If there is one fault Japanese videogame publishers have to this day, it’s the myth that they know videogames better than anyone else. Because of their historical success with coin-operated arcade titles, followed by the Nintendo and Sega and Playstation videogame consoles, Japanese business managers in videogame companies like to think that the reason for their success is their all-knowing expertise. This myth goes along with another one that still exists – that Japanese videogamers are inherently better than North American players. I had to contend with this mythology as the sole non-Japanese employee at the Taito R&D facility. On the one hand, as a Taito employee from North America, I was an immense asset to the development team. On the other, I was viewed as an outsider. In any case, I had to prove myself in what were challenging circumstances.

The following weekend in mid-March, I headed out for the world famous Akihabara electronic district in northeast Tokyo – what was then six square blocks of consumer electronic madness in over 430 stores. Standing there on a Saturday afternoon in the middle of packed crowds, I couldn’t believe I was really there. But indeed I was. My mission was clear – find a videogame shop that sold imported titles from the United States. It took about a half hour of searching, but eventually I discovered a second floor store up a narrow flight of stairs. It was full of titles from around the world for different platforms. I quickly snatched up copies of Final Fantasy Mystic Quest and and Final Fantasy II. They weren’t cheap either – about 9,000 yen ($90) each. When I bought them, I suddenly realized that I was going to need some kind of converter for my Japanese Super Famicom in my apartment. Japanese titles were cased in oval packages. USA titles didn’t fit the Super Famicom. So I spent another 4,000 yen on a converter made by Hudson ($40). My gamble was already proving to be expensive.

I still have my Japanese Super Famicom and a small library of Japanese games. I also have my Super NES and about 35 titles.

I arrived home at my apartment in Hamadayama, a small town in western Tokyo located in Suginami (“Cedar Wave”) Ward, and started playing Final Fantasy Mystic Quest. To my disappointment, I polished off the game in just over two hours. It was a short plot, with chunky characters, a clunky combat system, and not very challenging monsters. But that was the point of this Square title. They claimed it was made for beginners who were not used to the Final Fantasy series. I thought it was a rushed title to fill their quota for North American releases. On Sunday, I started playing Final Fantasy II and realised how similar it was to the original NES version of Dragon Warrior, only with slightly better screen scrolling, music, and sound. The combat system was a step up. I took the game at a slightly slower pace, but I managed to finish it within two days. After playing the two games, I wrote up a report and met with my managers. Once again, I emphasized how much better Estpolis looked and played than the Final Fantasy titles. I gave them direct examples about combat, graphics, music, sound, and player interface. I pointed out the difference between Square’s limited text and our ability to tell a proper adventure story. I said they had something unique on their hands; we had a great opportunity to release something special.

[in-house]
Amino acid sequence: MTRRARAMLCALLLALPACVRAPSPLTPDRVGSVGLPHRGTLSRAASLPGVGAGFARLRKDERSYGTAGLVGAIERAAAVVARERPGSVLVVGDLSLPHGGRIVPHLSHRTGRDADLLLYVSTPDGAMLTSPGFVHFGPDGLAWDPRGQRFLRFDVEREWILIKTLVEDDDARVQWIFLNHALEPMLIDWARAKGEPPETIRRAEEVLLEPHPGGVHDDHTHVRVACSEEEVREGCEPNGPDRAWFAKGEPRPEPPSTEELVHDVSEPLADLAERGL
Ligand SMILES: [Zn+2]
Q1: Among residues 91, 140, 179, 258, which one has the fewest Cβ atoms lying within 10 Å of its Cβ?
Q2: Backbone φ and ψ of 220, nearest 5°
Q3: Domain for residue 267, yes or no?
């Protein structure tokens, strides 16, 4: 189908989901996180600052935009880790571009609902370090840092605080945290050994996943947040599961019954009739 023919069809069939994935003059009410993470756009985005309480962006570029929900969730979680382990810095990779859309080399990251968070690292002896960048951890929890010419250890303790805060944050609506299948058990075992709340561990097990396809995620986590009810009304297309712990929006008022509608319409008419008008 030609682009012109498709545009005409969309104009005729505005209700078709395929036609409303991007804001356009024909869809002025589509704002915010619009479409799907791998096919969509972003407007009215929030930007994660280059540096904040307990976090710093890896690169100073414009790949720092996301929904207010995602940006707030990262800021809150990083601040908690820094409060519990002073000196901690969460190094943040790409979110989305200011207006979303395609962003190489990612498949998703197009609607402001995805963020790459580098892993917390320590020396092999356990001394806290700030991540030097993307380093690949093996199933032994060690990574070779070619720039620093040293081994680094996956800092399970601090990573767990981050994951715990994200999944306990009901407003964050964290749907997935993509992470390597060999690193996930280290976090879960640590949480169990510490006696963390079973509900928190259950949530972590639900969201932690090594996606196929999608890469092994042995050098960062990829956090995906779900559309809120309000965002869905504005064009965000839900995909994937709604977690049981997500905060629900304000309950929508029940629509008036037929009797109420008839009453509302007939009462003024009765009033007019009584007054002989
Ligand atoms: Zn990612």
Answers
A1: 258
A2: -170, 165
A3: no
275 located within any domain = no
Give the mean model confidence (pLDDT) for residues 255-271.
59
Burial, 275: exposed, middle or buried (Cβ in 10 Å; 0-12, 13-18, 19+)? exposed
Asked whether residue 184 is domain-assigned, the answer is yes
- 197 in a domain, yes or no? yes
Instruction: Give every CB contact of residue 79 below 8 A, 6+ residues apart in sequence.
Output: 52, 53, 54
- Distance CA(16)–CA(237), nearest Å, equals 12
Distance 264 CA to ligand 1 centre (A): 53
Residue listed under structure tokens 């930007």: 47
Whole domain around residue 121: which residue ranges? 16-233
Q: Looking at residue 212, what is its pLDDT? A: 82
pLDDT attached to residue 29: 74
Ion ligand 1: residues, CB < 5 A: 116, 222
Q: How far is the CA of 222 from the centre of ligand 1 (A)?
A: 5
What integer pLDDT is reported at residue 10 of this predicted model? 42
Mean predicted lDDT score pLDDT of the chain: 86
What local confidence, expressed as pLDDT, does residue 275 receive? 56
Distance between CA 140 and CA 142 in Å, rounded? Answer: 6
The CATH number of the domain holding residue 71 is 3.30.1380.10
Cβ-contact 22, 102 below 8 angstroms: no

Taito Japan was nervous about releasing an rpg videogame overseas because the company was not known for roleplaying titles. The last Taito rpg title sold in North America before Lufia and the Fortress of Doom was Dungeon Magic for the NES (another title I still own with my original NES). That game barely broke even, so I understood why Taito wasn’t keen about a SNES rpg. However, in a rare moment of opportunity, I was asked to talk with Taito America and see what they thought. Several of the key Taito America staff were good friends of mine, so they were excited to hear I’d found something interesting because they were looking for one more title to fill the product release schedule. My Taito America counterpart Larry Stalmah asked me to send him an EPROM set so he could play the game. I transmitted the game code over a dial up network to Taito America. He got back to me one day later and said he wanted to release a North American version. Larry would take care of convincing Taito Japan’s directors about getting approval for localizing the title.

Now I had an ally at Taito America.

Next time – How we decided on the title ‘Lufia and the Fortress of Doom

Doctor ArkanoidDoctor Arkanoid

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